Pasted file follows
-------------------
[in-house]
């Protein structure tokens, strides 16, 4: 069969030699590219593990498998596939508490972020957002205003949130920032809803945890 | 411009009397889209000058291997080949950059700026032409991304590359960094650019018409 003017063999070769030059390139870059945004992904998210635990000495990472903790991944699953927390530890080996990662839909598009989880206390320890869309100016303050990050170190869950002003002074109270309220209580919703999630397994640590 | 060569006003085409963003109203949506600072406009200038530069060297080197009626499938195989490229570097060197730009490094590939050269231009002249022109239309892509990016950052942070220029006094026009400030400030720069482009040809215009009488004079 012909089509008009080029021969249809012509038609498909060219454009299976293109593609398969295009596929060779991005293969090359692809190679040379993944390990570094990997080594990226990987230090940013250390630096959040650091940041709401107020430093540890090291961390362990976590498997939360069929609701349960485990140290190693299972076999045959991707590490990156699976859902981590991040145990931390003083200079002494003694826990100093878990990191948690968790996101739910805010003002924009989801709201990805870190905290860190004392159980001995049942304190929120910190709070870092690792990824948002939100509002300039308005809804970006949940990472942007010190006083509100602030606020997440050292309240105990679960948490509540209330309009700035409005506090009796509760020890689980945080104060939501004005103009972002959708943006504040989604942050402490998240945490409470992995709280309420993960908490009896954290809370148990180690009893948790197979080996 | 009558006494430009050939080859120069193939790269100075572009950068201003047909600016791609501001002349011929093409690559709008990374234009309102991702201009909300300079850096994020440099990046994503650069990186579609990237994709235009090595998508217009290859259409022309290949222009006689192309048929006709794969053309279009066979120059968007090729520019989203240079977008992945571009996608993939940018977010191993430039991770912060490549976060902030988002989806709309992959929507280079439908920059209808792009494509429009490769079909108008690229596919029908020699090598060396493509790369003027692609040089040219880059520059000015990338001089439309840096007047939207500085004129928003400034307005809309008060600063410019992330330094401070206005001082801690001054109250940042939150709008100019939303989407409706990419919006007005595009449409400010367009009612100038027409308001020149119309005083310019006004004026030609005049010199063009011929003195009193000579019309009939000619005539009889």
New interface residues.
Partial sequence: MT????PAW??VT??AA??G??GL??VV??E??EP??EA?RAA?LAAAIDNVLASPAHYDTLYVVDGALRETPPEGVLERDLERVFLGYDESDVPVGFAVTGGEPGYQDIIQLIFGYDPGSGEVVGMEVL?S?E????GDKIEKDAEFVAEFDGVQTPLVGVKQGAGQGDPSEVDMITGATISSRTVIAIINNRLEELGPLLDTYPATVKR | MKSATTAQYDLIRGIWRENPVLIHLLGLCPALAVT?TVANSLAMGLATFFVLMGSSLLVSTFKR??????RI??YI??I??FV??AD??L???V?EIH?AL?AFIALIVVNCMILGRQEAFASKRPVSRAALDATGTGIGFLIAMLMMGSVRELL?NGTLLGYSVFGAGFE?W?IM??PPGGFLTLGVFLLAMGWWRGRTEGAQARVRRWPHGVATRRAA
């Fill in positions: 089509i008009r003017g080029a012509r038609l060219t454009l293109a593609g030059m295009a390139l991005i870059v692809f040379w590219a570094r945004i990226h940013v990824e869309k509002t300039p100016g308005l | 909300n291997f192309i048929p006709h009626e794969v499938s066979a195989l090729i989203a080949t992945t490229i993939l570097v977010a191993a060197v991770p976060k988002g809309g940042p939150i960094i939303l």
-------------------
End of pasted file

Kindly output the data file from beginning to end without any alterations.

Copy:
[in-house]
């Protein structure tokens, strides 16, 4: 069969030699590219593990498998596939508490972020957002205003949130920032809803945890 | 411009009397889209000058291997080949950059700026032409991304590359960094650019018409 003017063999070769030059390139870059945004992904998210635990000495990472903790991944699953927390530890080996990662839909598009989880206390320890869309100016303050990050170190869950002003002074109270309220209580919703999630397994640590 | 060569006003085409963003109203949506600072406009200038530069060297080197009626499938195989490229570097060197730009490094590939050269231009002249022109239309892509990016950052942070220029006094026009400030400030720069482009040809215009009488004079 012909089509008009080029021969249809012509038609498909060219454009299976293109593609398969295009596929060779991005293969090359692809190679040379993944390990570094990997080594990226990987230090940013250390630096959040650091940041709401107020430093540890090291961390362990976590498997939360069929609701349960485990140290190693299972076999045959991707590490990156699976859902981590991040145990931390003083200079002494003694826990100093878990990191948690968790996101739910805010003002924009989801709201990805870190905290860190004392159980001995049942304190929120910190709070870092690792990824948002939100509002300039308005809804970006949940990472942007010190006083509100602030606020997440050292309240105990679960948490509540209330309009700035409005506090009796509760020890689980945080104060939501004005103009972002959708943006504040989604942050402490998240945490409470992995709280309420993960908490009896954290809370148990180690009893948790197979080996 | 009558006494430009050939080859120069193939790269100075572009950068201003047909600016791609501001002349011929093409690559709008990374234009309102991702201009909300300079850096994020440099990046994503650069990186579609990237994709235009090595998508217009290859259409022309290949222009006689192309048929006709794969053309279009066979120059968007090729520019989203240079977008992945571009996608993939940018977010191993430039991770912060490549976060902030988002989806709309992959929507280079439908920059209808792009494509429009490769079909108008690229596919029908020699090598060396493509790369003027692609040089040219880059520059000015990338001089439309840096007047939207500085004129928003400034307005809309008060600063410019992330330094401070206005001082801690001054109250940042939150709008100019939303989407409706990419919006007005595009449409400010367009009612100038027409308001020149119309005083310019006004004026030609005049010199063009011929003195009193000579019309009939000619005539009889």
New interface residues.
Partial sequence: MT????PAW??VT??AA??G??GL??VV??E??EP??EA?RAA?LAAAIDNVLASPAHYDTLYVVDGALRETPPEGVLERDLERVFLGYDESDVPVGFAVTGGEPGYQDIIQLIFGYDPGSGEVVGMEVL?S?E????GDKIEKDAEFVAEFDGVQTPLVGVKQGAGQGDPSEVDMITGATISSRTVIAIINNRLEELGPLLDTYPATVKR | MKSATTAQYDLIRGIWRENPVLIHLLGLCPALAVT?TVANSLAMGLATFFVLMGSSLLVSTFKR??????RI??YI??I??FV??AD??L???V?EIH?AL?AFIALIVVNCMILGRQEAFASKRPVSRAALDATGTGIGFLIAMLMMGSVRELL?NGTLLGYSVFGAGFE?W?IM??PPGGFLTLGVFLLAMGWWRGRTEGAQARVRRWPHGVATRRAA
């Fill in positions: 089509i008009r003017g080029a012509r038609l060219t454009l293109a593609g030059m295009a390139l991005i870059v692809f040379w590219a570094r945004i990226h940013v990824e869309k509002t300039p100016g308005l | 909300n291997f192309i048929p006709h009626e794969v499938s066979a195989l090729i989203a080949t992945t490229i993939l570097v977010a191993a060197v991770p976060k988002g809309g940042p939150i960094i939303l």